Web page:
Learning Technology: Can Technology Fix Education?
Learning Technology: By Michael J. Miller, July 23, 2012
Of all the areas of the economy that technology can shake, education seems the most ready because many students aren’t getting the attention they deserve. At a panel at Fortune Brainstorm Tech last week, there were a lot of different opinions on what’s wrong with education and what should be done.
“The need for education has never been greater,” said Tony Miller, deputy secretary and COO of the US Department of Education, opening a panel on education innovation. The unemployment rate is at 13 percent for high school dropouts and 8.5 percent for high school graduates, but only at four percent for college graduates. Wages have been directly correlated with education. Two-thirds of all new jobs will require advanced degrees, Miller said. He admitted, though, that the situation is more challenging now, when only 55 percent of the people who attend college graduate in six years or fewer and only 25 percent of community college students graduate.
Stanford professor Daphne Koller, founder of startup Coursera, argued that most of the higher education world does not use technology effectively. With Coursera, anyone can take courses from top universities because they are offered for free online. They include such things as homework assignments, feedback, peer-to-peer teaching, and grading, and the universities often offer a certificate of completion, rather than just a degree.
Tom McDonald’s Comments:
As I perpetually write in my blog, the education reform solution to poor individual learning, is: teacher facilitated, brain based, research based, classroom proven, truly personalized learning, over time, truly personalized reinforcement, over time, in a truly personalized blended learning environment, over time, supplemented with truly personalized learning technology, over time.
The model that all teachers support and that the research roves out is true 1:1 learning, one teacher to one student and/or one digital tutor to one student, facilitated by the instructor.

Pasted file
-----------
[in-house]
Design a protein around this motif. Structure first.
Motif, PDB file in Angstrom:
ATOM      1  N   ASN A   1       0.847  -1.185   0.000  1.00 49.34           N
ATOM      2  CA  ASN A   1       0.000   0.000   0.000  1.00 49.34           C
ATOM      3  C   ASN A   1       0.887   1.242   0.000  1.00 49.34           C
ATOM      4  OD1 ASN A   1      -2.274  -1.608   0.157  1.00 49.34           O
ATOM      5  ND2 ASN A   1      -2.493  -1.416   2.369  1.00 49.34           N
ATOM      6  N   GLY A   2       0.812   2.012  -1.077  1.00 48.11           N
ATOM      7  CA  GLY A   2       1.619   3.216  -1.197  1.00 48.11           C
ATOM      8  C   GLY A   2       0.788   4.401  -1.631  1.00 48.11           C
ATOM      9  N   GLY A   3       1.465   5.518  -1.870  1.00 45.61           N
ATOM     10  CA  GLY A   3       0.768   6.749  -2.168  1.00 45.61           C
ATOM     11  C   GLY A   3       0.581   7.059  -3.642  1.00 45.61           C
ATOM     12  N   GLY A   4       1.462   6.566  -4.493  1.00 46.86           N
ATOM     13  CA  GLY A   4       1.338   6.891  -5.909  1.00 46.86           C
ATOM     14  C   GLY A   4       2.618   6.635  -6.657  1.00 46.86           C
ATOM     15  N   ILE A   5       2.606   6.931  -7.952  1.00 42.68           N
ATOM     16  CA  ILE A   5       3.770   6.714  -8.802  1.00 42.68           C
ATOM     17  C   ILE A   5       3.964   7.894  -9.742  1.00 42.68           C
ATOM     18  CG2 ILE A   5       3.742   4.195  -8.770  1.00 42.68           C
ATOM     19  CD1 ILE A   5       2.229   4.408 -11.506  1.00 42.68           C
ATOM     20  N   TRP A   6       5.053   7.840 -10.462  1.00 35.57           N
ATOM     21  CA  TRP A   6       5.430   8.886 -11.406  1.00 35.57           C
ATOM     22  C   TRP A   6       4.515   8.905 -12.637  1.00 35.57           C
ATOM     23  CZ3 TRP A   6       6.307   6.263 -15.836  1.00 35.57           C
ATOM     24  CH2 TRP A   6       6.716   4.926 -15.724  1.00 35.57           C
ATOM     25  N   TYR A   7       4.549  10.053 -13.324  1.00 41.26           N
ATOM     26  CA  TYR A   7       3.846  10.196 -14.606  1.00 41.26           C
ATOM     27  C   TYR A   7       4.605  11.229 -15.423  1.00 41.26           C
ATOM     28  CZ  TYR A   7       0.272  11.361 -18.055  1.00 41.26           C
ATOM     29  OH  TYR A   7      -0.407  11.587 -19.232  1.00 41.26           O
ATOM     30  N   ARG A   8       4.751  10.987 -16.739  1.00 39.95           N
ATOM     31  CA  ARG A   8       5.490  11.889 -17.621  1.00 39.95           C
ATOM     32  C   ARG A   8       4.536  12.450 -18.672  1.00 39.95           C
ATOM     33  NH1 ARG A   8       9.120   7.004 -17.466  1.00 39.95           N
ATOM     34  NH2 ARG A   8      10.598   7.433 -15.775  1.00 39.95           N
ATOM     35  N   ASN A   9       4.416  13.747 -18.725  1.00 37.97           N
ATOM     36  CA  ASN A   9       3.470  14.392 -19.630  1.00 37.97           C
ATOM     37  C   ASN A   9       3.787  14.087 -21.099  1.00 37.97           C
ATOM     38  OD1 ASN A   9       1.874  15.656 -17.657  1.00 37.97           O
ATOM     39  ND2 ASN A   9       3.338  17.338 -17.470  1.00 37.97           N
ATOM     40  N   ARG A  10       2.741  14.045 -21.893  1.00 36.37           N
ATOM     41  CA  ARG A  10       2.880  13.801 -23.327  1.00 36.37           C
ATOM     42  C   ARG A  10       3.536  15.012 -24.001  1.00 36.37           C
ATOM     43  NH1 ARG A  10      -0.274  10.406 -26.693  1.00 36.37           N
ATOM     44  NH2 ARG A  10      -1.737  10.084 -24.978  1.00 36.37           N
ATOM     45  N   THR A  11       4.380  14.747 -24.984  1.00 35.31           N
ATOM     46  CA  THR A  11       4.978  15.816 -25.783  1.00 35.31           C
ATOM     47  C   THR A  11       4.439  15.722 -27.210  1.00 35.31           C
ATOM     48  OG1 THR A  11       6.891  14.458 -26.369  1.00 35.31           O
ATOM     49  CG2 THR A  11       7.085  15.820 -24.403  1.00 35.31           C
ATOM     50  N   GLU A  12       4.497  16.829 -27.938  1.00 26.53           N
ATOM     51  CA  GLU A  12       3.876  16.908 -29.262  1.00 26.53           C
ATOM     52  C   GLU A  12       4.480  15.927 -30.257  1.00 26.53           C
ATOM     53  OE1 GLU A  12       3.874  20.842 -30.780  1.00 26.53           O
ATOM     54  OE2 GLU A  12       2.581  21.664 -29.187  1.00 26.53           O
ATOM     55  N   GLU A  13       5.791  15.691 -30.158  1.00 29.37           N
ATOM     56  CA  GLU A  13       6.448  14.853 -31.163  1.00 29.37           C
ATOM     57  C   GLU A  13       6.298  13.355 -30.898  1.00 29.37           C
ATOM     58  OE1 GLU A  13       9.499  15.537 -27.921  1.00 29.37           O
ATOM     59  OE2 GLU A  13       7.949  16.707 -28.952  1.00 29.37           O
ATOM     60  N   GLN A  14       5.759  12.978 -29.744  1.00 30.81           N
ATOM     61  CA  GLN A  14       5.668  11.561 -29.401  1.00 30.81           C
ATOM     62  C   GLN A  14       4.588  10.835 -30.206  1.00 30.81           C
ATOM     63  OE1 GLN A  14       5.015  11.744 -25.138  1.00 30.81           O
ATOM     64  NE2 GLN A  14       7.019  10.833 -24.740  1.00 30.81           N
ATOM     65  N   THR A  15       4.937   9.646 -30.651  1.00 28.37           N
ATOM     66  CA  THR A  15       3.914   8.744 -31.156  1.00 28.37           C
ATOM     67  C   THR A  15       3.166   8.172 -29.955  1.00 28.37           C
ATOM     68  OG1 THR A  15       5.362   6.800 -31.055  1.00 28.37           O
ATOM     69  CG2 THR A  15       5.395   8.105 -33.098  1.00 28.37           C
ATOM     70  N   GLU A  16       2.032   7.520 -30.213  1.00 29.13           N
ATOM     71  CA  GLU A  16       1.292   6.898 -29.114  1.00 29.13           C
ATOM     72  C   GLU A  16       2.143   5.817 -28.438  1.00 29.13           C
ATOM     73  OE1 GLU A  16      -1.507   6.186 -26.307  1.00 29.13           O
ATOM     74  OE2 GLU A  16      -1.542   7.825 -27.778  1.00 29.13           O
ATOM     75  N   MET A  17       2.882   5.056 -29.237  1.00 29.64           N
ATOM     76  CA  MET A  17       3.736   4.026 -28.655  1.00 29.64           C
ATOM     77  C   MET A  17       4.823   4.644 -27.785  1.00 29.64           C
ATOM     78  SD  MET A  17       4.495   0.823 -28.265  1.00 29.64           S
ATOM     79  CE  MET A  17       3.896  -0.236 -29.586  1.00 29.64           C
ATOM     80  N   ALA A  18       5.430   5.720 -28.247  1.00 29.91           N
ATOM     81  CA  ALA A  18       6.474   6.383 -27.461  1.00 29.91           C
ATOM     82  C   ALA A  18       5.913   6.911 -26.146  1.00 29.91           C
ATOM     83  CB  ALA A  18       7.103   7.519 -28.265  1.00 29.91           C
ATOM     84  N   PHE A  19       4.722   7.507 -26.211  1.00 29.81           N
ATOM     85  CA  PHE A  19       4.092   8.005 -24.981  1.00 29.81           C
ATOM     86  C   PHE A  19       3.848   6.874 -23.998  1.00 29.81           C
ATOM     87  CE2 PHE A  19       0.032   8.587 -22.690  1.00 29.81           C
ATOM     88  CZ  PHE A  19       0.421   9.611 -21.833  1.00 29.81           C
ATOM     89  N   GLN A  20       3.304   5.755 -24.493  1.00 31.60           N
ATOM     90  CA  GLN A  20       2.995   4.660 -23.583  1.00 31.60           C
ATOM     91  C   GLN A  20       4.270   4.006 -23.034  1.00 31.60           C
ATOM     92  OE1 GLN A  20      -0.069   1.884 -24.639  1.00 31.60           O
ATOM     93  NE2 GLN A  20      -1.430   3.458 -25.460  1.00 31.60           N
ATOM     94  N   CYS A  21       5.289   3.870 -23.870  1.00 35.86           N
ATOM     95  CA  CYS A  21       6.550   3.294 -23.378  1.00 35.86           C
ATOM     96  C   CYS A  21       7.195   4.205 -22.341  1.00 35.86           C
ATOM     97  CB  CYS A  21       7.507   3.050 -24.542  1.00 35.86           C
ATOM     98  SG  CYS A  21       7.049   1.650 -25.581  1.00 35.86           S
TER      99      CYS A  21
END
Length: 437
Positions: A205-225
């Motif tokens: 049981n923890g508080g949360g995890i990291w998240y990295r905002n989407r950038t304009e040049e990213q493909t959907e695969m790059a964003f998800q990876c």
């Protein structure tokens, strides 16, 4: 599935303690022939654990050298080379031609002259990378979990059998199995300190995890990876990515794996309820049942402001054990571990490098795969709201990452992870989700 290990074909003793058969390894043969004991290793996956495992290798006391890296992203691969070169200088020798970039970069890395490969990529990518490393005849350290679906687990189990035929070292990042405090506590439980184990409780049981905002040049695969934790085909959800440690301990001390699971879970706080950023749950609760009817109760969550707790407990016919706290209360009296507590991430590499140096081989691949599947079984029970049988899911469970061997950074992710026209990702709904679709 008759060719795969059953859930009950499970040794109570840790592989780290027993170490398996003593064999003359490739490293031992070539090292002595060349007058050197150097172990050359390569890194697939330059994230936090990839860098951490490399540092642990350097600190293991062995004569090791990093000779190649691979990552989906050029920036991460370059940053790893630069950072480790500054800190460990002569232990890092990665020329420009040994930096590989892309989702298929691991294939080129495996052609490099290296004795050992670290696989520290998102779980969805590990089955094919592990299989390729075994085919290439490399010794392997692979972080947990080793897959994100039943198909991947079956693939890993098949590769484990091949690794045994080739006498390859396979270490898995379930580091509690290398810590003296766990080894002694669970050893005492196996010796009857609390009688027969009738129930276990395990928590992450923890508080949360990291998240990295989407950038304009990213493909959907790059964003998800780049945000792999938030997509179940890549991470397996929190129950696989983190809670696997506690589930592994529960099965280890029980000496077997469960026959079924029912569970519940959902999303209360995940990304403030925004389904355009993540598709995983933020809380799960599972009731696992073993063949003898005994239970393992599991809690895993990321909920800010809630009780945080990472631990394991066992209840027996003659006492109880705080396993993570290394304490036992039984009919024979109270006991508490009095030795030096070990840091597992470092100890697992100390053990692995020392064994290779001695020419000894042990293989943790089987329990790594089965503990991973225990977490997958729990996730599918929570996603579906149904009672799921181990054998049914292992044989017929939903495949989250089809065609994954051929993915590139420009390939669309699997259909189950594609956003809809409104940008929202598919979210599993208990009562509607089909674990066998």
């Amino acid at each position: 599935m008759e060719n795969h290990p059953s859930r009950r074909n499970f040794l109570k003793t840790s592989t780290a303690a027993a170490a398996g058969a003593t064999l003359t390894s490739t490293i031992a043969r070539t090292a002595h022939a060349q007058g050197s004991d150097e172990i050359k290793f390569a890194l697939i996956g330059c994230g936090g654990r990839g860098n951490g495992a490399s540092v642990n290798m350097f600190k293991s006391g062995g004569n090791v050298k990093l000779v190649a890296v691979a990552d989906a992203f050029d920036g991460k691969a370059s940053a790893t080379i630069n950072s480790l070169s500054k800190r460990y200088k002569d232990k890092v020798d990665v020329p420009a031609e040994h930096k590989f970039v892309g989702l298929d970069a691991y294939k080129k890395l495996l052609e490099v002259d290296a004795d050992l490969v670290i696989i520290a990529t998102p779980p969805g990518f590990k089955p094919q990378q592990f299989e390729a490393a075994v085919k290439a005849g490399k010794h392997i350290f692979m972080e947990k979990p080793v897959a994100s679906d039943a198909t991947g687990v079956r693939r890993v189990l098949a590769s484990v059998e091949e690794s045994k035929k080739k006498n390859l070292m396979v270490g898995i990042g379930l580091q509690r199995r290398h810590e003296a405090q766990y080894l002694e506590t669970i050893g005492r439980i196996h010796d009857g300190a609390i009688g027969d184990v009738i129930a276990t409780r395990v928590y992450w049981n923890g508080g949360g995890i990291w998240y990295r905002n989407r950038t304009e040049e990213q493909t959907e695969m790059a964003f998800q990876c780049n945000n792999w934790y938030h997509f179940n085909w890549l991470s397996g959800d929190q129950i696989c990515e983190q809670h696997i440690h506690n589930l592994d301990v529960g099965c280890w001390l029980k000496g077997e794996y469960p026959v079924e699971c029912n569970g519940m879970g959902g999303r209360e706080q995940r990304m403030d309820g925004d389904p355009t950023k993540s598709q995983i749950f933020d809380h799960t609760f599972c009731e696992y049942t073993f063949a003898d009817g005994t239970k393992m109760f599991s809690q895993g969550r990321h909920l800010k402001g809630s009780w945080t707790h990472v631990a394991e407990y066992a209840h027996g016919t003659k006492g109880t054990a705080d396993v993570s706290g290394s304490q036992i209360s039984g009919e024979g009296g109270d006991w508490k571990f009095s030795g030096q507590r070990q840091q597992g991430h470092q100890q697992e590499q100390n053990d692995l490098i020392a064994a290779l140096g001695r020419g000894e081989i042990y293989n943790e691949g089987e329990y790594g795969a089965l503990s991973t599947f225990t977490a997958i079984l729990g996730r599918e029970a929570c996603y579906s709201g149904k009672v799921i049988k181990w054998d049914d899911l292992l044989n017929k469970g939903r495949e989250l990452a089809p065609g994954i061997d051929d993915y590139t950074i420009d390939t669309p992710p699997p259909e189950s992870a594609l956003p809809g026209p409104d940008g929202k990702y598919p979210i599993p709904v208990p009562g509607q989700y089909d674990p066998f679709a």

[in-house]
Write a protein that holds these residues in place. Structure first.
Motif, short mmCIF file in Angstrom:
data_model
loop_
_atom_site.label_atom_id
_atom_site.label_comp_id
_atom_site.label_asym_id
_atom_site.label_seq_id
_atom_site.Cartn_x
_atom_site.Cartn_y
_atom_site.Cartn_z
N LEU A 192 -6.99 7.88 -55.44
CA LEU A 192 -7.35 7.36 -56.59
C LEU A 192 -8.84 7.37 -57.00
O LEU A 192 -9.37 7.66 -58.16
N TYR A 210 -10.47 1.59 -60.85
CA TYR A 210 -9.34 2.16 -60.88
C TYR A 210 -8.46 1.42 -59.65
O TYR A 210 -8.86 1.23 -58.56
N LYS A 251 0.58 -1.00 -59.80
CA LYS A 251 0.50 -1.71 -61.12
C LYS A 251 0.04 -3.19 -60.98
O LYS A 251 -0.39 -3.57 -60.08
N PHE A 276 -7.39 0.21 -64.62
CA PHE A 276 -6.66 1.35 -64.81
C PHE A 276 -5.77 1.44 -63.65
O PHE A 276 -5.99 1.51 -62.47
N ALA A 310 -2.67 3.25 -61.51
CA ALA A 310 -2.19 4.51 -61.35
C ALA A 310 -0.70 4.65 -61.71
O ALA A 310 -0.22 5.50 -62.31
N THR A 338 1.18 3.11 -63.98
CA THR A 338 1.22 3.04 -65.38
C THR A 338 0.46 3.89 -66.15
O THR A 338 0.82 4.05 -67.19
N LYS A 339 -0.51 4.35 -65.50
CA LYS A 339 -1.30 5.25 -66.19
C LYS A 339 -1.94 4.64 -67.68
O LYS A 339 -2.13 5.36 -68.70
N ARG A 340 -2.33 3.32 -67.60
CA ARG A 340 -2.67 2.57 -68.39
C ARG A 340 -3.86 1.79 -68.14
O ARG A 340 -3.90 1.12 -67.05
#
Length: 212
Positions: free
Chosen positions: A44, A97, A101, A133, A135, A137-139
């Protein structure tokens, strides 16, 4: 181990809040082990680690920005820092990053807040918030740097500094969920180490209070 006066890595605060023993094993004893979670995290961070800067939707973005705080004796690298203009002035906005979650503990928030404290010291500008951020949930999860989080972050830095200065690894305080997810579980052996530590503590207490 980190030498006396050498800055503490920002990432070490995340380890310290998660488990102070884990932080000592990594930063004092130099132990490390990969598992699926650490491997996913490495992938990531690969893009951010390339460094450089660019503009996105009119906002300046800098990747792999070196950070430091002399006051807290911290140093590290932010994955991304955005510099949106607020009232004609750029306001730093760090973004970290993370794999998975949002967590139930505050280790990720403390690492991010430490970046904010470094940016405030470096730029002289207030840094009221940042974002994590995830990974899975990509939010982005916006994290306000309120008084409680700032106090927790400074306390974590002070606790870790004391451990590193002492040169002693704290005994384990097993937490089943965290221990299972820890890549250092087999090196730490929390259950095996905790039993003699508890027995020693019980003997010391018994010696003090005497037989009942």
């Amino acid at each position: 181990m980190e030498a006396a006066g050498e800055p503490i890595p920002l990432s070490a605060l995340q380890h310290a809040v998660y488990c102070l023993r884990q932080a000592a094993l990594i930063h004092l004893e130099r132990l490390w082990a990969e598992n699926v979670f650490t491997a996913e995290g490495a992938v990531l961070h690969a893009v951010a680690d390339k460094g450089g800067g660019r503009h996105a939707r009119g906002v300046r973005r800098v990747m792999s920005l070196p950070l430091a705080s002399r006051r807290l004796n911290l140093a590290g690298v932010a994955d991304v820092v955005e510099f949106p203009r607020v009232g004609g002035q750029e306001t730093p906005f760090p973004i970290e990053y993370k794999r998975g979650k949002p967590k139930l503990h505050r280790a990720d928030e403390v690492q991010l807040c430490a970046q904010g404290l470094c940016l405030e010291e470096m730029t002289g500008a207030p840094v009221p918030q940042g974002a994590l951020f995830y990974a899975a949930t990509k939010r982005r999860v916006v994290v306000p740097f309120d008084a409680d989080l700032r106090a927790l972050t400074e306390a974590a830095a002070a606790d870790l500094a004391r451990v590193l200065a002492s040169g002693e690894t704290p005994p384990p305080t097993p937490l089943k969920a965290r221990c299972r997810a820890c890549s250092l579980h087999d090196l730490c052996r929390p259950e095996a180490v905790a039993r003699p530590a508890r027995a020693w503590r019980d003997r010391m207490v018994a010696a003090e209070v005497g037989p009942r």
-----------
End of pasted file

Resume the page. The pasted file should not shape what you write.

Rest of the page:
We are erroneously hoping that a flawed one to many teaching system, delivered to individuals over cool technology will transfer long term individual learning. It will not, anymore than a one to many lecture will (both are poor for learning)
where long term individual learning of critical information = long term, individual, appropriate: understanding, fluency/mastery, recall, application, stick/behavior change
The research proven, classroom proven, learning research is solid and we must understand it, develop it into proven best practices, then implement it into our classrooms with proven success.
Currently we are being led by technology that is unproven to advance individual learning outcomes, implementing it and finding out that individual learning has not been advanced.
We need to deliver proven pedagogy, via appropriate instructional design to individuals, via the cool technology ( or deliver truly personalized learning software, that integrates brain, based, research proven, methodology to individuals, via the cool technology).
How we can be approaching this so incorrectly baffles me, considering the huge investments in technology that have done little or nothing to advance individual learning outcomes. This has to change.
Do we want proven, documented, best practices, learning outcomes like these:
- More Stimulation per Minute of Study
- 300% Improvement in Retained Learning per Hour of Study
- 11% less study time, 22% less test time, and 95% higher test scores
Turnkey eLearning application for California High School Exit Exam (CAHSEE); Advanced English Learners pass rates up to 78%
Advanced Special Education learners pass rates up to 50%
Advanced Traditional education learners pass rates up to 100%
Customized, annualized, CAHSEE, Return on Investment (ROI), economic validations, have ranged between 800% and 4,000%+
Or traditional advanced learning outcomes like these:
- “Maybe the most frustrating aspect is we can’t definitively say whether this program did or did not improve student outcomes, which is obviously the primary goal of any education reform.”
- …”Cram says he hasn’t seen any dramatic improvements in learning since incorporating the iPad, but he anticipates that there will be soon”…
For those interested in a free resource (900+unique and varied posts) specific to the new learning model please access:
Tom McDonald, [email protected]; 608-788-5144; Skype: tsmw5752